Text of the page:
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Meat Causes World Hunger
Posted 4 March 2008
The truth can no longer be dodged. Livestock farming gobbles up agricultural land, water and energy that could far more efficiently be devoted to growing food for people to eat directly. Meat, therefore, is a rich person's food and those who consume it - whether in India, Denmark or England - cause malnourishment and death among the world's poorest people.
When Animal Aid launched the first Veggie Month 15 years ago (the 2008 celebration begins March 1), hard evidence as to the impact of meat-eating on the lives of impoverished people was mainly confined to arcane journals. Today, the evidence showers down upon us like hailstones. Do we put up our umbrellas and disregard the signs or do we change direction?
The most recent storm warning was published in the Guardian this week. The UN's World Food Programme said that the rising price of grain means it no longer has enough money to keep global malnourishment at bay this year. Millions more people face starvation. Rising commodity prices have already caused food riots in Morocco, Yemen, Mexico, Senegal and elsewhere.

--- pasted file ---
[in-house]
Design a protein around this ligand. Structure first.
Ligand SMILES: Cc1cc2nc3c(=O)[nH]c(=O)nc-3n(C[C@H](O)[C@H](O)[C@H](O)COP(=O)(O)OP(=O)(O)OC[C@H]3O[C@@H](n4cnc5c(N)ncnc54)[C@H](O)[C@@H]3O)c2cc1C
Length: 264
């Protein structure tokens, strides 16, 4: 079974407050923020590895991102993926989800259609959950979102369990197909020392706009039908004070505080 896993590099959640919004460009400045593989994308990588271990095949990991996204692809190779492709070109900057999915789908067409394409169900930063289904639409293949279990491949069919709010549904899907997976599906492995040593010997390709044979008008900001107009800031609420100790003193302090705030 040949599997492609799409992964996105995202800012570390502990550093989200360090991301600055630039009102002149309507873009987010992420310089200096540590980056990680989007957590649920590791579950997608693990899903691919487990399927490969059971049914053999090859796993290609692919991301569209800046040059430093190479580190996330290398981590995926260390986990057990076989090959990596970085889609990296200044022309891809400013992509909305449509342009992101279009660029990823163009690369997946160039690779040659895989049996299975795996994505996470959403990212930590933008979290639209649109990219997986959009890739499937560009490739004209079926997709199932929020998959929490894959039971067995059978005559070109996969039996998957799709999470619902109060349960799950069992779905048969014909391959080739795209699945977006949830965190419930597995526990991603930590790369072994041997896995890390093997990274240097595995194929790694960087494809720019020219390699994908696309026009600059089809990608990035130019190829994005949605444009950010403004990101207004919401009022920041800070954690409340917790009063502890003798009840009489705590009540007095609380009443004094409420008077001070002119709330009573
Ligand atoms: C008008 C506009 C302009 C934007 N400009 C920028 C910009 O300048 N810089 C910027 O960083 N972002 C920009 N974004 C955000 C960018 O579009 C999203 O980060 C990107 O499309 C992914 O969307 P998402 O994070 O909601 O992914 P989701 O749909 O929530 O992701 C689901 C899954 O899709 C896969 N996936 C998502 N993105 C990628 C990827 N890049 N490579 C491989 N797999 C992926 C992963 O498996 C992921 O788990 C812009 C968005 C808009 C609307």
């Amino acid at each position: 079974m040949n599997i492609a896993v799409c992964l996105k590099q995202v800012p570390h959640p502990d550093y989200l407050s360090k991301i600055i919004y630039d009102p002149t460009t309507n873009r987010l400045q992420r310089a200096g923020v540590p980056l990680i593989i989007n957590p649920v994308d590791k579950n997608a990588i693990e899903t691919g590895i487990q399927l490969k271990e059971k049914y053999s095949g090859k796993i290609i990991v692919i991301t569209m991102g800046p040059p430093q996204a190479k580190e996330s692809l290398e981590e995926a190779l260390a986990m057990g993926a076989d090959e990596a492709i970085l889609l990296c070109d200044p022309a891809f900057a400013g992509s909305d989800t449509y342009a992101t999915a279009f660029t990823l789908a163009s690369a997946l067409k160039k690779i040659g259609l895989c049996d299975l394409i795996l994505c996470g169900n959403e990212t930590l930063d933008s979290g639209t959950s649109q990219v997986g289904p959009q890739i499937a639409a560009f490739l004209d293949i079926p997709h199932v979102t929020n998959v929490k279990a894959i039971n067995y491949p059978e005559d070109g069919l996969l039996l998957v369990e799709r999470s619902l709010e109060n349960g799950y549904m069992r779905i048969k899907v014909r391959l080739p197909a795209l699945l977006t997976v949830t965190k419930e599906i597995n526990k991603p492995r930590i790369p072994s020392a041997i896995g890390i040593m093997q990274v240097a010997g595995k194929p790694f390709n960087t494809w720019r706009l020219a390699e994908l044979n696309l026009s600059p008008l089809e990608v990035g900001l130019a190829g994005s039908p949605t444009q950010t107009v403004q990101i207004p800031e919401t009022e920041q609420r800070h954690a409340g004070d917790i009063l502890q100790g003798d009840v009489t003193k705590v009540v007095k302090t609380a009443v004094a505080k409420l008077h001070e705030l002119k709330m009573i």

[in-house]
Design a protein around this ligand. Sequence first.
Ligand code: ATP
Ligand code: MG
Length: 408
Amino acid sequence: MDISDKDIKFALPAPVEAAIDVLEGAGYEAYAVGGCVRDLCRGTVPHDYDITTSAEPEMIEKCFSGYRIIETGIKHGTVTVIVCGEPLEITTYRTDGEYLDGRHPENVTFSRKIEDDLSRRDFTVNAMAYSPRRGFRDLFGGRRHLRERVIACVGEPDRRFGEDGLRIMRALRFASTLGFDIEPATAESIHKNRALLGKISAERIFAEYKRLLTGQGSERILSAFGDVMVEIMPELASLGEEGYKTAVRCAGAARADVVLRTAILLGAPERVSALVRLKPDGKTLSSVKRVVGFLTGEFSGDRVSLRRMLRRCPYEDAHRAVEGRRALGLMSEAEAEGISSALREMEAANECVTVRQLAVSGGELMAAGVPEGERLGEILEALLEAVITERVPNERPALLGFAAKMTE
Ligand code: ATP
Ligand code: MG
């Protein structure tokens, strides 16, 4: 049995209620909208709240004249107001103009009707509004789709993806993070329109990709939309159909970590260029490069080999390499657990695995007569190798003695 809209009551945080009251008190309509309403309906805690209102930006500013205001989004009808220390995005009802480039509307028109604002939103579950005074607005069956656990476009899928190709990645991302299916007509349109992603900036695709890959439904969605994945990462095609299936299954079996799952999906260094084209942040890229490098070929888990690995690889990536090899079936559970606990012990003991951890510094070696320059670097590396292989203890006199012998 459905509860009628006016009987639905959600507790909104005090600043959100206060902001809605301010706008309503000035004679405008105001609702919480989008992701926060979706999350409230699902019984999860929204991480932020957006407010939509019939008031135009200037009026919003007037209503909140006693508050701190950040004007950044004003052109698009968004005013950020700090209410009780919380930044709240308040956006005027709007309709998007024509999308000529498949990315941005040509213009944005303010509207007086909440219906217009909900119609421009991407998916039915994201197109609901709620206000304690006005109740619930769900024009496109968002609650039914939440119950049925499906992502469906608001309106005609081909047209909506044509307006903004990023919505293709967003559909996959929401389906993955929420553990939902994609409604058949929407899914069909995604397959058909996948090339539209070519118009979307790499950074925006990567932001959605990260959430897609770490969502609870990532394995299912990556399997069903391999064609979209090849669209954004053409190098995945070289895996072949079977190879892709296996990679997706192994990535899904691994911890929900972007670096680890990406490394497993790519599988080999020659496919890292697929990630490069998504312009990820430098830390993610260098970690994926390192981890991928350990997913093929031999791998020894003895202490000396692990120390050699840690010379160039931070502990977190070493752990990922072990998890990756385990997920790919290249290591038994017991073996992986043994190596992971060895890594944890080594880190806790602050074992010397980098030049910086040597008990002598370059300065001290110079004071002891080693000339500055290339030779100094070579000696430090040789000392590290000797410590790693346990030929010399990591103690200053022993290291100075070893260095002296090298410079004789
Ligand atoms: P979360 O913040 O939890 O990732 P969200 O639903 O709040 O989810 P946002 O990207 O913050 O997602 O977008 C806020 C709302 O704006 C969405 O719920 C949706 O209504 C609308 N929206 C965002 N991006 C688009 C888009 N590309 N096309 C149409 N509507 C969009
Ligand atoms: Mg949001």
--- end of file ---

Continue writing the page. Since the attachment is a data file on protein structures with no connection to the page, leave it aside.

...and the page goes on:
While a switch in use of agricultural land from producing food to producing biofuels is a major cause of the grain price rises, the biggest factor is the accelerating demand for meat in increasingly prosperous countries such as China and India.